While writing the book “Etched in Stone,” which detailed the history of the monument and the stories of the young men, the one that reached out to me was Leonard’s short and poignant life story. Before he was 7 years old, both his parents had died.

Not knowing of any surviving relatives, officials placed Danny in an orphanage. He was 8 years old when his maternal grandparents discovered that they had a little grandson living in a large orphan home in Seattle. He went to live with his grandparents at their modest home in east Alderwood Manor.

Danny attended Alderwood Manor Grade School and Edmonds High School. In order to help with the family’s meager finances while still a teenager in high school, he joined the National Guard. In mid-1941, a month after his grandfather died, Danny was called for active duty in the U.S. Army. After receiving basic training with the Signal Corps in California, Pvt. Leonard was assigned to overseas duty.

On Dec. 7, 1941, when Pearl Harbor was attacked, he was posted in the Philippines. Caught by surprise, the American troops were unprepared for battle and Corregidor and Bataan soon fell into the hands of the enemy.

Over 76 years ago, Danny was taken prisoner and barely survived the resulting infamous Bataan Death March. He was incarcerated at O’Donnell, one of the enemy’s worst internment camps, and a short time later he died as a result of the forced labor and unsanitary conditions at the camp.

The name of 21-year-old Danny Leonard is one of those carved into the granite face of the monument. His grave is located nearby.

Danny’s grieving grandmother was not the only one to willingly contribute to the project; many others came forth, and the monument was paid for with only public funds. When completed, the memorial included 45 names – five from WWI and 40 from WWII. Sometime later one more name, that of a WWII veteran, was added.

Inscribed above the list of names are the words, “Dedicated to those of School District 15 who made the supreme sacrifice in the service of their country 1917-1918 and 1941-1945.”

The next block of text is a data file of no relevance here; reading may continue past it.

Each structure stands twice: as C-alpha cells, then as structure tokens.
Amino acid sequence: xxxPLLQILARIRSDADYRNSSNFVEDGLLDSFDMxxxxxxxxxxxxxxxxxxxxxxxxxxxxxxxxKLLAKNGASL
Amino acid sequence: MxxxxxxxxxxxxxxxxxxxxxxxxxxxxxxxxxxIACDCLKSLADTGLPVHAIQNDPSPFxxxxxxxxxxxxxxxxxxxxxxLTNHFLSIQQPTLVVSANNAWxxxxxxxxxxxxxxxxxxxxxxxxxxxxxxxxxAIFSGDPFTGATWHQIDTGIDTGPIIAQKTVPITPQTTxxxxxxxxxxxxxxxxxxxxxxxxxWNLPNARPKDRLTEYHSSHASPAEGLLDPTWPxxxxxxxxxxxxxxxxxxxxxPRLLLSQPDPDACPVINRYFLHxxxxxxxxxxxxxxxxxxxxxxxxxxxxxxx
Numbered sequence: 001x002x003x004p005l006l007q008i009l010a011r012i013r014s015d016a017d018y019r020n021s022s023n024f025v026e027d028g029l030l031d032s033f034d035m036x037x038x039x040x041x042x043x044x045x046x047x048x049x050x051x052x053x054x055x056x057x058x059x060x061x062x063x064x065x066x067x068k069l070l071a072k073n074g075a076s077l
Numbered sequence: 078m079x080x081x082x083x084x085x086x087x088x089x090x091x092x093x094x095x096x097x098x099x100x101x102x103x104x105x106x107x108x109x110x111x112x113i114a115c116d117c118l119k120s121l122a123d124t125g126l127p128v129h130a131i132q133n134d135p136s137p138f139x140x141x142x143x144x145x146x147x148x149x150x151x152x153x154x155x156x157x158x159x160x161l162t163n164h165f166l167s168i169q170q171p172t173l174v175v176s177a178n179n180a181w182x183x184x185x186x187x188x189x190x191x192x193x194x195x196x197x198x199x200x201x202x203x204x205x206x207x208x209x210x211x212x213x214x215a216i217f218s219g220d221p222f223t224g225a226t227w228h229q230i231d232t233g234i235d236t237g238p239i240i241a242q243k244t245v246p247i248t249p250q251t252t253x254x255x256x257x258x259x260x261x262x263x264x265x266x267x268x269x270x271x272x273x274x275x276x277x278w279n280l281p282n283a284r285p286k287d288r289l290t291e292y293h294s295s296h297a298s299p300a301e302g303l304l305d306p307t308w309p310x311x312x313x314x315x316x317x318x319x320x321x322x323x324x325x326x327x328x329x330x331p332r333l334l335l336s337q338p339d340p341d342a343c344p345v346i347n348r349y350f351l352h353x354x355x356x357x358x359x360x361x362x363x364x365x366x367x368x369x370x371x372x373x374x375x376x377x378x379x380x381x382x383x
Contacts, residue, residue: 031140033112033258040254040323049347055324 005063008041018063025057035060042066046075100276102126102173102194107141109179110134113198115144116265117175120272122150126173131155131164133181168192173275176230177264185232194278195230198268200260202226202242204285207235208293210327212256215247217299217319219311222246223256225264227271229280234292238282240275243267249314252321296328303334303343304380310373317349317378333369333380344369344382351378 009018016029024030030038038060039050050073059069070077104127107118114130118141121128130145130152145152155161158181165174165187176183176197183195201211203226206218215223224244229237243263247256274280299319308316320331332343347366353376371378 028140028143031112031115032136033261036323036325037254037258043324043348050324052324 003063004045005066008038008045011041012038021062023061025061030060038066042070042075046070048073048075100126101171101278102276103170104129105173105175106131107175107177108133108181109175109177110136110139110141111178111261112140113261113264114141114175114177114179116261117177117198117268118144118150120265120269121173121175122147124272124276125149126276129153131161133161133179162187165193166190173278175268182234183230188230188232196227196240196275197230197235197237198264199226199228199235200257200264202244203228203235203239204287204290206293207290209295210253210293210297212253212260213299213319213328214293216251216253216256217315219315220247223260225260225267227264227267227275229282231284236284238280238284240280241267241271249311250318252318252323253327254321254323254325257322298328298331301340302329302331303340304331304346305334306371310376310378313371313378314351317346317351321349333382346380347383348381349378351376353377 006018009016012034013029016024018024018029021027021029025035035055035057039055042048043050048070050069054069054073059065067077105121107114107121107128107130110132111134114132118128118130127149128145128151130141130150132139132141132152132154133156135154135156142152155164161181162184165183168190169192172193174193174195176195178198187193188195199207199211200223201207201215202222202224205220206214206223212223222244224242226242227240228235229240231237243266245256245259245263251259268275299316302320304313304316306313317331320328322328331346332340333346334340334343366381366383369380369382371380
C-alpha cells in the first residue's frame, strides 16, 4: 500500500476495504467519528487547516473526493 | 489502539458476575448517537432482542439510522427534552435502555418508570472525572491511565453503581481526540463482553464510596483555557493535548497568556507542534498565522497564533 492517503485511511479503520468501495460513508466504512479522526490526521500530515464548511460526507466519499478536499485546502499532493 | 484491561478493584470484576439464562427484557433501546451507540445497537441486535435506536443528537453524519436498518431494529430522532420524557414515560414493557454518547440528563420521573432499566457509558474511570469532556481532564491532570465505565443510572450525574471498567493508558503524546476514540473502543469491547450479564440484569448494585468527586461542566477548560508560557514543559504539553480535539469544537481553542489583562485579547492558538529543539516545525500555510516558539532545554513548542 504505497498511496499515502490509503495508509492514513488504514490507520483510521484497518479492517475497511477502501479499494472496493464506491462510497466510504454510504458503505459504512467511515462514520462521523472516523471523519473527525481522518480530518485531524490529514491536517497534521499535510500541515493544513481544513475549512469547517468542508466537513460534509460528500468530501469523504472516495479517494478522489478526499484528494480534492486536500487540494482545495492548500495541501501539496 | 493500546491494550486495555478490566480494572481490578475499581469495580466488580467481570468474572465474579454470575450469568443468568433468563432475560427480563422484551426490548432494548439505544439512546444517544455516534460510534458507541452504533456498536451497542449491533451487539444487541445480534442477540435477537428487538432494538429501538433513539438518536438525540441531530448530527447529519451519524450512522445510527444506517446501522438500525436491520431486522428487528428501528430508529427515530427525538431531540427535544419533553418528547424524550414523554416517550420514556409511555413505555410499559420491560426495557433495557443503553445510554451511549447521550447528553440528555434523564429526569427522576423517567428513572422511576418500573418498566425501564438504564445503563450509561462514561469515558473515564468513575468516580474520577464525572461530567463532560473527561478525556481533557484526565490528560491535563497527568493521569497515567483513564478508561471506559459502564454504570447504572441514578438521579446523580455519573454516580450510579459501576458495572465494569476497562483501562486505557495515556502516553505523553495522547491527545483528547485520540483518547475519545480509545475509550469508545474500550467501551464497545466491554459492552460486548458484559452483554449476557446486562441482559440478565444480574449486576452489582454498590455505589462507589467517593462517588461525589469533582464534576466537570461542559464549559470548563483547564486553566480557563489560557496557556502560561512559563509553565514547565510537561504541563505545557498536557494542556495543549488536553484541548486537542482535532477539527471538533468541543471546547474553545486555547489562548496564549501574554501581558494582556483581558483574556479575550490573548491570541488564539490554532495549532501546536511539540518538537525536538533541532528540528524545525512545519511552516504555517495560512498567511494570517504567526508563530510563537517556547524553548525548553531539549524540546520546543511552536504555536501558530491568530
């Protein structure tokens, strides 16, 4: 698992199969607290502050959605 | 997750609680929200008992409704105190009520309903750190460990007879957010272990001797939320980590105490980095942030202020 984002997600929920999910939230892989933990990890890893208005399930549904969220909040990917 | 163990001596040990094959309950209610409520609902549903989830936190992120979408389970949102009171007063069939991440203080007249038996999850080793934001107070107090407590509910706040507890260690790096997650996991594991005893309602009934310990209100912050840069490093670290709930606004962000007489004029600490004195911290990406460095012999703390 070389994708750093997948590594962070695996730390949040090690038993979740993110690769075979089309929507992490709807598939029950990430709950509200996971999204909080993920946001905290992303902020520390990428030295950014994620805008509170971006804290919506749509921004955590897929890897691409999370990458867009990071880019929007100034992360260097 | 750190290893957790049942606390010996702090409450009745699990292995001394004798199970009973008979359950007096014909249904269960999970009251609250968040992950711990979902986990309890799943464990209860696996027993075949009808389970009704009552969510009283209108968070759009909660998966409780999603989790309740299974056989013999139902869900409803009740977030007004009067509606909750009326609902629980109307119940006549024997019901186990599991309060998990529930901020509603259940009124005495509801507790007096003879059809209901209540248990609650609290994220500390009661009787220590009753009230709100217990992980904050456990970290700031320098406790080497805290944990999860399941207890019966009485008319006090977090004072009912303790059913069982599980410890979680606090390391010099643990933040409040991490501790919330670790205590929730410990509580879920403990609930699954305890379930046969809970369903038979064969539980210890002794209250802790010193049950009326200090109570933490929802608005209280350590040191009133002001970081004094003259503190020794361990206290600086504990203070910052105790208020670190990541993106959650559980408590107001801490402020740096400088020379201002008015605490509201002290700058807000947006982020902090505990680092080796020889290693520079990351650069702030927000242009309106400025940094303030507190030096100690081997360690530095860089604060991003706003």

The memorial monument’s first home was on land the American Legion Post owned on the east side of Highway 99 at approximately 181st Street SW, where it intersects with today’s 52nd Avenue West. The granite monument was dedicated there on Memorial Day 1948 in an impressive ceremony, with 400 in attendance.

For the next few years, Memorial Day ceremonies continued to be held next to the memorial monument. Often, American Legion Post 90 was joined by local Veterans of Foreign War Post 1040 and Edmonds Frank Freese Post 66 of the American Legion. However, the location next to a major highway was found to be unsuitable, and each year fewer people attended the ceremonies.

By 1954, Legion commander Al Wilcox had died, the land owned by the post was sold and the memorial monument was removed to the parking lot at Lynnwood Junior High School near the crossroads of Lynnwood.

Memorial Day ceremonies were held on the school property. But this location proved to be an unpopular spot and attendance was poor.

In 1981, when Lynnwood Junior High School closed its doors, the memorial monument became derelict and was left to lean against an unused building on the deserted school grounds. The memorial monument seemed to be forgotten, its history and meaning lost to time. Abandoned, the monument soon became a target for vandalism.